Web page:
This past Saturday was the annual Atlanta Open Orthographic Meet (spelling bee), which I compete in whenever possible.
Normally held at Manuel’s Tavern, this year it was at Anthony’s Pizza and Pasta, just down the road from our home, because Manuel’s is in the middle of renovations. I think this depressed turnout; I estimated only about a hundred competitors, whereas usually I think it’s twice that.
The format of this competition is not like the Scripps-Howard competition for schoolchildren that we’re all familiar with. This battle, restricted to adults, happens with pencil and paper, and victory is judged by the total number of words spelled correctly rather than by a sole survivor of a single-elimination process.
I captured the words to a separate list during the competition, and I’ll share them here. Where I misspelled a word, I’ve presented my spelling in strikethrough, with the correct spelling to the right.
- daquiri daiquiri
- chapparral chaparral
- cypher (cipher*)
Notes on Round One:
I misspelled two words. This is very unusual for me; I almost always ace the first round (my college-era self would be particularly disappointed that I misspelled “daiquiri”). But this year, I was in good company; no one aced the round, and the best score at this point was 19.
Also, my spelling of “cipher” was judged wrong by the committee, but I successfully argued that the “y” spelling is an acceptable British variant. I was a little surprised, because the committee strives not to include words with multiple spellings, and I think “cypher” is a pretty common variant, even among non-Anglophiles.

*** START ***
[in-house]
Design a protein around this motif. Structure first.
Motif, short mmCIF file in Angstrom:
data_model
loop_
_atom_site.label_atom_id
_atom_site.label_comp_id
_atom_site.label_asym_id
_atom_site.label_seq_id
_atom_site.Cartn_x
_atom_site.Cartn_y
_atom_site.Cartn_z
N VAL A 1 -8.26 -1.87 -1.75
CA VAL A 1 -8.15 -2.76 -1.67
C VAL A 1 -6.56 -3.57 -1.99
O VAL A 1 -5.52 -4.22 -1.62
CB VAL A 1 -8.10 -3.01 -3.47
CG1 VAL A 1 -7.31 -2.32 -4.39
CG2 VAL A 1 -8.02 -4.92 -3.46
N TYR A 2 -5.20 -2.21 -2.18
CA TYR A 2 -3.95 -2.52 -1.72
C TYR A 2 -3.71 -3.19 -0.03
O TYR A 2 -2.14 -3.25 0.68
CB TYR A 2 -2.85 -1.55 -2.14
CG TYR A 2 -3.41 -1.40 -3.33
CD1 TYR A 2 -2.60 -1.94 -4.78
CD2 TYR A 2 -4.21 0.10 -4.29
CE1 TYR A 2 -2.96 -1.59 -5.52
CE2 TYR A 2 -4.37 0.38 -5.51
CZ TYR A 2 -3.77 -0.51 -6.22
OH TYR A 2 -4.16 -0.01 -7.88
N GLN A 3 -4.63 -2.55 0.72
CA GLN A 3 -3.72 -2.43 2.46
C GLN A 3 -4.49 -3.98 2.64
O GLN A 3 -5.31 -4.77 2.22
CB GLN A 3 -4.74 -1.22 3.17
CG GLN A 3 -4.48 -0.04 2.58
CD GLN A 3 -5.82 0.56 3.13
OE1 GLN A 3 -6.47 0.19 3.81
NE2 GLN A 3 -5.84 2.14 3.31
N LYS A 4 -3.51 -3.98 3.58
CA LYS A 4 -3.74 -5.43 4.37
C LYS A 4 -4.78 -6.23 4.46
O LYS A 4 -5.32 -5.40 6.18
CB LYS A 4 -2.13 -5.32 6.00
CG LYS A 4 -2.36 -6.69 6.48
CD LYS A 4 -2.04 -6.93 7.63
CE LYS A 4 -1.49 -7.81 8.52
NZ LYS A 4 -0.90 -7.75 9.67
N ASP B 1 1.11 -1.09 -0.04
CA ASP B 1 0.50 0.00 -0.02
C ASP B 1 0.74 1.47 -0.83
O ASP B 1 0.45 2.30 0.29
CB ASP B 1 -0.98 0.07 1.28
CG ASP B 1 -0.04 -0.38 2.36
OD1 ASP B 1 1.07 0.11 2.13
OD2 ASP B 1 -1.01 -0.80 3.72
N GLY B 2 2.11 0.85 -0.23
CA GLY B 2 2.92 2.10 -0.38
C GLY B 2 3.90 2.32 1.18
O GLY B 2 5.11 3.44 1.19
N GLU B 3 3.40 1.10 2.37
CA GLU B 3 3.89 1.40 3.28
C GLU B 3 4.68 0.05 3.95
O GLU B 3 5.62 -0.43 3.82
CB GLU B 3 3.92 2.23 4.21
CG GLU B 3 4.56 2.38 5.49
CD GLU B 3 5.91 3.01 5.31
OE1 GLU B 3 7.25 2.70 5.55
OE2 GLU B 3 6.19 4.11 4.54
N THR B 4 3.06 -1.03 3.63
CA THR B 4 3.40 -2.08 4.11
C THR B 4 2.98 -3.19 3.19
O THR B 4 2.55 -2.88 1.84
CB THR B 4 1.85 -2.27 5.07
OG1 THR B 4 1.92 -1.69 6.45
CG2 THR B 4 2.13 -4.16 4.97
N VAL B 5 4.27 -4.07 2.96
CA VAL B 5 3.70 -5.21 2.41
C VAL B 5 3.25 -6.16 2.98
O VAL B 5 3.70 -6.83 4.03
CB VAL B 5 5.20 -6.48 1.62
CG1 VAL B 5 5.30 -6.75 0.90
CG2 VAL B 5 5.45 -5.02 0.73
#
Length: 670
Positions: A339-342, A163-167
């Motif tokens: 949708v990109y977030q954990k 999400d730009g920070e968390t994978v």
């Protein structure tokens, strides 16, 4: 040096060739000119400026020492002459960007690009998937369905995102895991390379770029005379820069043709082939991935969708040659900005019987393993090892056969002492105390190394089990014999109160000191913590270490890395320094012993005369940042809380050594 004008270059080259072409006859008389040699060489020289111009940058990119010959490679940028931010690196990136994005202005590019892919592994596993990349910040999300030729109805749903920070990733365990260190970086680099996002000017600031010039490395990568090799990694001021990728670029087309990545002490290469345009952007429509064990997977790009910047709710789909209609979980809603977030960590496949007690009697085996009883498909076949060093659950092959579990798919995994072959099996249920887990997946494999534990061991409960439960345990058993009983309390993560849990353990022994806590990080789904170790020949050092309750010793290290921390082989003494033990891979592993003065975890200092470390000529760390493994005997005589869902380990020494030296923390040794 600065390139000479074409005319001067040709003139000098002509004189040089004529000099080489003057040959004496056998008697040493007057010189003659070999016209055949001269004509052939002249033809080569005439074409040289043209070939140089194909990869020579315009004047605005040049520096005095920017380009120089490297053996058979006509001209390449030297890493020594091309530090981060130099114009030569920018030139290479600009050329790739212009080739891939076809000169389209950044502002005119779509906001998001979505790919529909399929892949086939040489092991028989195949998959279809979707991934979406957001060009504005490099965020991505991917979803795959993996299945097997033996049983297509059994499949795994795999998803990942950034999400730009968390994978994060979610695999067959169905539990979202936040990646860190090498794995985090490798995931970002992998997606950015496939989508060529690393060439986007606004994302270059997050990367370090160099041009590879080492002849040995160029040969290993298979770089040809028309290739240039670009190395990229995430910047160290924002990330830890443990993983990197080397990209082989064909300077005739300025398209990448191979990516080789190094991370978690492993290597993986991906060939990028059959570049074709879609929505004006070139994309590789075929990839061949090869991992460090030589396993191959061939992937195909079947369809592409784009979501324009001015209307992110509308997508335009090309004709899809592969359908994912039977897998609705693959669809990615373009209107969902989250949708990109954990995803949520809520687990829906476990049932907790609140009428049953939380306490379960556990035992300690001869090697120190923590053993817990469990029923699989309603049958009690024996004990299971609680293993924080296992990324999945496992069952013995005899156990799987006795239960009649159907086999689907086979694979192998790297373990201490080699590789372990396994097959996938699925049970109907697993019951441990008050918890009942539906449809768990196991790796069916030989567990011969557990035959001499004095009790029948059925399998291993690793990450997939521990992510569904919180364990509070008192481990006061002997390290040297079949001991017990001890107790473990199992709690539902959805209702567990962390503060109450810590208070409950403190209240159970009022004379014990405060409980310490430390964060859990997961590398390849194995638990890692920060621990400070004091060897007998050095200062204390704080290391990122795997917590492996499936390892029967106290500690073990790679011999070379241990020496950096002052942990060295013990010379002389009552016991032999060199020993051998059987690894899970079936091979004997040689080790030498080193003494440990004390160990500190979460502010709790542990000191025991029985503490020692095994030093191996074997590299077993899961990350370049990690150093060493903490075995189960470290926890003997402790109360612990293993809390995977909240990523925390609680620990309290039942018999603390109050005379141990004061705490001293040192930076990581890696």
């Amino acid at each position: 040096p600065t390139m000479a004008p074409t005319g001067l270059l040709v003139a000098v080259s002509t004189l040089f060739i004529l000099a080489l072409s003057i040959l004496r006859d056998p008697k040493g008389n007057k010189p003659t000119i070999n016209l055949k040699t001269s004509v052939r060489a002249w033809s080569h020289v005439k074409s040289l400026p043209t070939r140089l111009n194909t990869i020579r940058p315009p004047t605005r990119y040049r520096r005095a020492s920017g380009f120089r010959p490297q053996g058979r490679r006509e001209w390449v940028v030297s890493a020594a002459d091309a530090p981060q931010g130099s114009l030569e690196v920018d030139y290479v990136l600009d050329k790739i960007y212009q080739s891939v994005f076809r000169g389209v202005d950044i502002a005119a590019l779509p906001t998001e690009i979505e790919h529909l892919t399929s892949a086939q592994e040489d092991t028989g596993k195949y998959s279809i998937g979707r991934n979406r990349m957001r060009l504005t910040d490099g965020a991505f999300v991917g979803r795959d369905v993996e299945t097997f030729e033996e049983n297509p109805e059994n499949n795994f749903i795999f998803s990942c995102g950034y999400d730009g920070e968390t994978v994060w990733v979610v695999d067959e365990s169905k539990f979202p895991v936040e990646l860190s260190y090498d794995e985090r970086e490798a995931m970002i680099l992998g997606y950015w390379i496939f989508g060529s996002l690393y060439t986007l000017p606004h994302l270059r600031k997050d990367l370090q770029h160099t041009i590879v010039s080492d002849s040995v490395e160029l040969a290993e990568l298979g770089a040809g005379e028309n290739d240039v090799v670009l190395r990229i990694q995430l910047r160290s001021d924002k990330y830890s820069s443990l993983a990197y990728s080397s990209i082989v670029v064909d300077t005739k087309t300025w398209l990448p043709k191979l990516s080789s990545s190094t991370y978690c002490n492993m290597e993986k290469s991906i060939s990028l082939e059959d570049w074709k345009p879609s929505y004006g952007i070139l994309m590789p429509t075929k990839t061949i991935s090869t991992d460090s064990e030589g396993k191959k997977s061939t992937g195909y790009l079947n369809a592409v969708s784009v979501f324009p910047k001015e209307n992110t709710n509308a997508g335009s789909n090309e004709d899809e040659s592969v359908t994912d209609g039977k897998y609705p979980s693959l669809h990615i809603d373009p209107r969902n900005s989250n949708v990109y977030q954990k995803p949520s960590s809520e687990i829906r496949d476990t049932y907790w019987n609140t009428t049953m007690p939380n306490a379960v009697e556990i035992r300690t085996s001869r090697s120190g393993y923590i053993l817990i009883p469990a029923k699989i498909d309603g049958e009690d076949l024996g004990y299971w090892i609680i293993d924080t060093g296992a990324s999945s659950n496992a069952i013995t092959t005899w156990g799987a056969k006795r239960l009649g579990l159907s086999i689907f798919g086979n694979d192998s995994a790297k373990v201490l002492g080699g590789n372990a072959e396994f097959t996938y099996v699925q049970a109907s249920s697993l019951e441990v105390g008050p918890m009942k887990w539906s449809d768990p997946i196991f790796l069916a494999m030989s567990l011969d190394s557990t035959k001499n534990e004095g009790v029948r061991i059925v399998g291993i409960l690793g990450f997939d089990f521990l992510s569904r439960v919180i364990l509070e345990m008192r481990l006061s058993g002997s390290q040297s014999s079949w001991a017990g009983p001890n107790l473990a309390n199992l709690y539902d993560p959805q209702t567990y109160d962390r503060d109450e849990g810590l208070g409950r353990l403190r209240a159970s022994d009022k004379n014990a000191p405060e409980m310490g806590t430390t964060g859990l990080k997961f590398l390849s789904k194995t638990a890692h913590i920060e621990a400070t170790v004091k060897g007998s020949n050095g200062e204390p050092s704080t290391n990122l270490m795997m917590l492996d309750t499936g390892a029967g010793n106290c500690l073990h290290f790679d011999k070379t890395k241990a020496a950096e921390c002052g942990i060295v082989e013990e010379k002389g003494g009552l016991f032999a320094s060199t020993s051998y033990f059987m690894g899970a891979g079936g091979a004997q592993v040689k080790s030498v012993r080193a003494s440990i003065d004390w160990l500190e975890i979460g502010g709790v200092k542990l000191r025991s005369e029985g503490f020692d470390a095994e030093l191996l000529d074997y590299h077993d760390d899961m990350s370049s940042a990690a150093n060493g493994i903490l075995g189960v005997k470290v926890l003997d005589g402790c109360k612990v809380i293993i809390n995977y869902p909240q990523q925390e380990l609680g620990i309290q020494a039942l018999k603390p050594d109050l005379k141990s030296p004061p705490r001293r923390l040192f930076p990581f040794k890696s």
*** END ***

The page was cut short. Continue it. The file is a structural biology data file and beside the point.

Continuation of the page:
But at any rate, my score after Round One was 18, good enough to advance me to the second round. Some of these words are unusual enough that I’ve made each of them into links to their definitions online.
- neti pot
- racquis raki
- gimbol gimbal
- peccarino pecorino
- ren ibi renminbi
Notes on Round Two:
You can see it was getting tougher for me, as is typical for the second round. I usually get 11 of the 15 right, and I was true to form this year. My misspelling of “raki” shows how I overthink it sometimes; my misspelling of “gimbal” shows how long I’ve been out of the Navy (the big compass on the bridge of a ship is mounted on a gimbal ring).
I got lucky with “betise.” I hadn’t the slightest idea what what that word was.
I never had the slightest chance with “renminbi.”
After Round Two my score was 29, good enough to qualify for Round Three.
- capoera capoeira
- chitoignant chatoyant
- grellein ghrelin
- propedudic propaedeutic
- anypsychonia aniseikonia
- calc calque
- rhoticize rhotacize
- ecium aecium
Notes on Round Three:
The third round is usually the hill my hopes for victory die on, and this year was no exception. As you see, I only spelled “sporran” and “myrmidon” correctly. They were the only two words I already knew, and the way the enunciators pronounced “sporran” was so odd-sounding that I’d have misspelled it too if I hadn’t recognized the definition.
For “rhotacize,” I almost spelled it without an “h” until remembering that it’s probably Greek-derived and therefore should be spelled like the Greek letter “rho.” That the ending might be “-acize” rather than “-icize” never even occurred to me.
With only 31 words spelled correctly up to now, I did not advance to Round Four. But I went ahead and played for funsies anyway.
Round Four (Funsies)
Notes on Round Four:
Yeah, I had no chance with any of these.
Next year will be my year!